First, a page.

Spending time with my wife and family, watching my boys grow and develop, working out at the gym, socializing with my friends, bantering with my staff, laughing, and generally enjoying life!

7. What makes a great leader?
Someone who never asks anyone else to do what they, themselves, wouldn’t do. Someone who is loyal, has integrity, and recognizes these traits in others.

8. What advice would you give to college students about entering the workforce?
Take your time, do a lot of different things before you settle on your choice of a profession and make very sure that whatever you do, you love doing it!


This interview is an excerpt from Never Give Up by Jason Navallo.

Adnan Derrani – Founder & CEO, American Halal Co, Inc.

Adnan Derrani is the founder and CEO of American Halal Co, Inc., which markets the Saffron Road brand line of all-natural and antibiotic-free halal cuisines. Saffron Road is the first halal product to be sold nationally in the U.S.A. Whole Foods, the #7 ranked U.S. food retailer with over $14 billion in sales, has noted Saffron Road as one of the most successful brand launches, nationally, in their 30-year history. Saffron Road is now sold in over 12,000 retail food stores. According to A.C. Nielson/SPINS Scantrak, Saffron Road is the fastest-growing natural frozen entrée brand in the U.S.A. and nationally ranked #2.

In its Spring 2015 issue, Profile Magazine featured Adnan on its cover story regarding CEO leadership, and how he is delivering record growth in the, otherwise challenged, frozen foods category. In January 2015, The Specialty Food Association (the largest trade group globally of specialty and gourmet food brands, with over 50,000 attendees at its Fancy Food Show in San Francisco, California) awarded Adnan with its coveted “Business Leadership Award.” In April 2014, Social Venture Network awarded Adnan with a “Lifetime Service Award” for his 30 years of devotion to socially responsible business and giving back to the community. In December 2013, at the Global Islamic Economy Summit in Dubai, His Highness Sheikh Al-Maktoum gave American Halal an award as the “Best Halal Company in the World.” And in 2012, at the World Halal Forum, His Excellency, the Prime Minister of Malaysia, gave Saffron Road the award as the “Best Halal Product in the World.” Adnan and Saffron Road have been the featured in numerous publications, such as The Wall Street Journal, Forbes, The New York Times, Fortune, and CNN.com.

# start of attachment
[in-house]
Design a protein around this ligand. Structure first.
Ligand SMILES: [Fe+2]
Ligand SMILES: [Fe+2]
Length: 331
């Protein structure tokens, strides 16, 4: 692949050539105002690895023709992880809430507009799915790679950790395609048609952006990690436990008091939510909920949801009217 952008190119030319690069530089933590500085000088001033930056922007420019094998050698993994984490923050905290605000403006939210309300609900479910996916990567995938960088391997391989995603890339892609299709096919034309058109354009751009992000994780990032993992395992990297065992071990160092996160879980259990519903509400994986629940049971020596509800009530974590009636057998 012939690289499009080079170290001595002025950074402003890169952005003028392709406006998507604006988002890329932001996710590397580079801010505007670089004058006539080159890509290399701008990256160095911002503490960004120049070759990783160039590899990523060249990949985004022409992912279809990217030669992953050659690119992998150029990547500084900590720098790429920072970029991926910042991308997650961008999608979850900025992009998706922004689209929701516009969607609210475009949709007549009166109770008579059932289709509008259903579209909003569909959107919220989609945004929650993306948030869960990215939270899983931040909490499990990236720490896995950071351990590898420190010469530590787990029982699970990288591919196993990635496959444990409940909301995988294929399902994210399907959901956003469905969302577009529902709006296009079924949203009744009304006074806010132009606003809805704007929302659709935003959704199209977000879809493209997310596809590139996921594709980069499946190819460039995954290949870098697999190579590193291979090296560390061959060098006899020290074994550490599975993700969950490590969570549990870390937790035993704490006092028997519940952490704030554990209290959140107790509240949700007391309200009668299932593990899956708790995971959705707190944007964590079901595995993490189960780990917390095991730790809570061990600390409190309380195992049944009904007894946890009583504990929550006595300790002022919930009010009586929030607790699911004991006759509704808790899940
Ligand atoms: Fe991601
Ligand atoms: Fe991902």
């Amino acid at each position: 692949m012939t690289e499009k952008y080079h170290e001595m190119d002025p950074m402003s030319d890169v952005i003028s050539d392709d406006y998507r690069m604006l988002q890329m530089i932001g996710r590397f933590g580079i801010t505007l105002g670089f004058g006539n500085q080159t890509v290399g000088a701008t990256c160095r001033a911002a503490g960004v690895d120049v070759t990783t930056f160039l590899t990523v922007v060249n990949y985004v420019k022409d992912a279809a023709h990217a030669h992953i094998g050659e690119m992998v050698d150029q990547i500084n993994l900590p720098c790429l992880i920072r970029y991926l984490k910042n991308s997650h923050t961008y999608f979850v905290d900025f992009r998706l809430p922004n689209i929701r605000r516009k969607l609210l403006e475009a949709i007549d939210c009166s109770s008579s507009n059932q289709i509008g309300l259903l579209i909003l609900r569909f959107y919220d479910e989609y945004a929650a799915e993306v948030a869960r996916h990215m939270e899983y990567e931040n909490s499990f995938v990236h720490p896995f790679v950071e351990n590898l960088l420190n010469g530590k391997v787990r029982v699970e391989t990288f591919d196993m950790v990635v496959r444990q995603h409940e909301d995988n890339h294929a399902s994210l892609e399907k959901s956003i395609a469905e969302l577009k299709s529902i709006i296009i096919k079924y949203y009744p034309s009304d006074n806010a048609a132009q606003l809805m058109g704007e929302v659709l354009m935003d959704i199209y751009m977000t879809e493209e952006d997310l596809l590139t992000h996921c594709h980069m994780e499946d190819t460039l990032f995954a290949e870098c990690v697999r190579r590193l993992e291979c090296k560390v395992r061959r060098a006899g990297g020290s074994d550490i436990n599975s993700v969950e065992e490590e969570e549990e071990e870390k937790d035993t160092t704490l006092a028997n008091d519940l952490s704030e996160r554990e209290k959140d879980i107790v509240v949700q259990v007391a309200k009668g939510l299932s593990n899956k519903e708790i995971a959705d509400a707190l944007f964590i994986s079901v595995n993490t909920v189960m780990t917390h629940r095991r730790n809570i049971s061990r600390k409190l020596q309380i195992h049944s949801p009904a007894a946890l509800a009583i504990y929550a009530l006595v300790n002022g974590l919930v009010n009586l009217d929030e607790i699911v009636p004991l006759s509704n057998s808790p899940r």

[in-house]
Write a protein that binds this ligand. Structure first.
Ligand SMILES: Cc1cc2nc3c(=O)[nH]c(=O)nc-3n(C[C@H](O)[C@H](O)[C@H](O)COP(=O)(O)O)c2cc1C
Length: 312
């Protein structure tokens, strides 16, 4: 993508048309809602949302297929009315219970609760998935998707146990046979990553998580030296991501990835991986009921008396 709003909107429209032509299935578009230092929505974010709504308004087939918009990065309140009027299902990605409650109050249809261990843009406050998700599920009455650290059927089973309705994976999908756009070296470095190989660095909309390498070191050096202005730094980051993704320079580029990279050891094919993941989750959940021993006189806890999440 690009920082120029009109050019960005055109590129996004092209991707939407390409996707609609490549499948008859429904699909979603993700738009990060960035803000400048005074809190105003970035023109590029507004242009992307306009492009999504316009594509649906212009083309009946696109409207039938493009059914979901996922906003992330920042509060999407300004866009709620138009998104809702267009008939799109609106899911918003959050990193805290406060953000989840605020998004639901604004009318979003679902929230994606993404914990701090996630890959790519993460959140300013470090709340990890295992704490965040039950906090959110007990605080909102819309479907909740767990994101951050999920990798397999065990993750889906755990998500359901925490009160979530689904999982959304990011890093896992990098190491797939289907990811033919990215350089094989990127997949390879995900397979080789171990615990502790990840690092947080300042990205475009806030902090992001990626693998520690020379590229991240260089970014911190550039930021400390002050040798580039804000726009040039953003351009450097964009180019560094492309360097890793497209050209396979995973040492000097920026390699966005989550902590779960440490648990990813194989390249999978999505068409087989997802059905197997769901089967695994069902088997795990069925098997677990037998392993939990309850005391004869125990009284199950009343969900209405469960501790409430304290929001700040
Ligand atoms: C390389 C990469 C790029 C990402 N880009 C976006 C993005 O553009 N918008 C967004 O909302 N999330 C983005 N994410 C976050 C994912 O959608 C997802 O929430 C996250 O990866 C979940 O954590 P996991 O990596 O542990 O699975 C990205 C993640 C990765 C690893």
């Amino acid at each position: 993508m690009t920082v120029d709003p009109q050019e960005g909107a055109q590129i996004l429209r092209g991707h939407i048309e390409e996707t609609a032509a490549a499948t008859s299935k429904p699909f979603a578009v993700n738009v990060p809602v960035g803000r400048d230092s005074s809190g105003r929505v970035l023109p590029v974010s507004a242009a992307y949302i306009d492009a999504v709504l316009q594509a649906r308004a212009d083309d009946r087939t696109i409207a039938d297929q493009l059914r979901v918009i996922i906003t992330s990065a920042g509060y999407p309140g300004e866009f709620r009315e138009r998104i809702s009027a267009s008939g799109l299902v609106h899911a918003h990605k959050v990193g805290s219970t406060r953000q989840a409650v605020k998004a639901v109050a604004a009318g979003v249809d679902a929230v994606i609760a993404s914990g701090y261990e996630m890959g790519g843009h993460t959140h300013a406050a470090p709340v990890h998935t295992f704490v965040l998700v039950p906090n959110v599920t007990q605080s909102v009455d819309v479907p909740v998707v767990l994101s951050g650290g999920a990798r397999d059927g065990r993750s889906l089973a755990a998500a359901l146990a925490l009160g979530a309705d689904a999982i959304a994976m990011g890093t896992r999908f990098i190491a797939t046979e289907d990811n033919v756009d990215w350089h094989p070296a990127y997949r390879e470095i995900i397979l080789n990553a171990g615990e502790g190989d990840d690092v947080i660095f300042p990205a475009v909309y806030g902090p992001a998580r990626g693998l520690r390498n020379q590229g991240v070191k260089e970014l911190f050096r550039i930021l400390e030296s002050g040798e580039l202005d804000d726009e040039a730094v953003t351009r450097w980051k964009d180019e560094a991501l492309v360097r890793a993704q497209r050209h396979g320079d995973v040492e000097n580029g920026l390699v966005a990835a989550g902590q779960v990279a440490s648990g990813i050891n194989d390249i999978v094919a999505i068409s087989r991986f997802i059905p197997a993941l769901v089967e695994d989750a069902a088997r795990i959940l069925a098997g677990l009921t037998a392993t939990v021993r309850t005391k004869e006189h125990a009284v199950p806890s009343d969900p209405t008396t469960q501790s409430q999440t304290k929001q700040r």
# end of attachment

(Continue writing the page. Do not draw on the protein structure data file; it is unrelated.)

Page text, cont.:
Adnan has been an entrepreneur and investment professional for almost 30 years and is president of Condor Ventures, Inc., a venture firm devoted to strategic investing in natural food companies. His entrepreneurial ventures have resulted in a successful track record of scaling and growing niche beverage and natural food product lines into mainstream-branded companies that also deliver disruptive social impact.

Adnan founded Vermont Pure in 1991. Today, Vermont Pure/Crystal Rock is the 2nd largest bottled water company in the northeast. Adnan was also a partner in Stonyfield Farms, Inc., which was sold to Groupe Danone in 2001. Stonyfield, today, generates almost $400 million in sales annually. He was also a principal of Delicious Brands, Inc., which he scaled, with the financial backing of Carl Icahn, to become the 5th largest cookie brand in the U.S.

Adnan has been recognized by BBMG and SVN as one of the entrepreneurs who engineered, “20 Ideas that Changed the Way the World Does Business.” The select list of inductees includes Ben Cohen (Ben & Jerry’s), Gary Hirshberg (Stonyfield Farms), Muhammad Yunus (Nobel Peace Prize, Grameen Bank), and Steve Case (AOL). He has also been hosted by the Vatican, Pope Benedict, and the White House, as one of only two American Muslims to be a speaker on “Interfaith in Business” in October 2010, at the Pontifical Gregorian University in Rome, Italy. Adnan is a graduate of Columbia University’s School of Engineering and Applied Sciences, where he is the chairman of the board of visitors and is also chairman of Columbia’s SEAS entrepreneurship advisory board. Adnan is also a trustee and on the board of directors of Zaytuna College in Berkeley, California.

1. How do you define success?
I think startup entrepreneurs have to be very careful not to define success in the classic one-dimensional terms taught in business schools – solely by profits, sales, or scale. I define success as creating a viable, yet, disruptive enterprise that adheres to a triple bottom line philosophy – i.e. delivers on a mission of social responsibility, has a positive & measurable impact on meeting a critical need for humanity, a disenfranchised community, or the environment, as well as, meeting traditional Proforma sales or profits goals.

2. What is the key to success?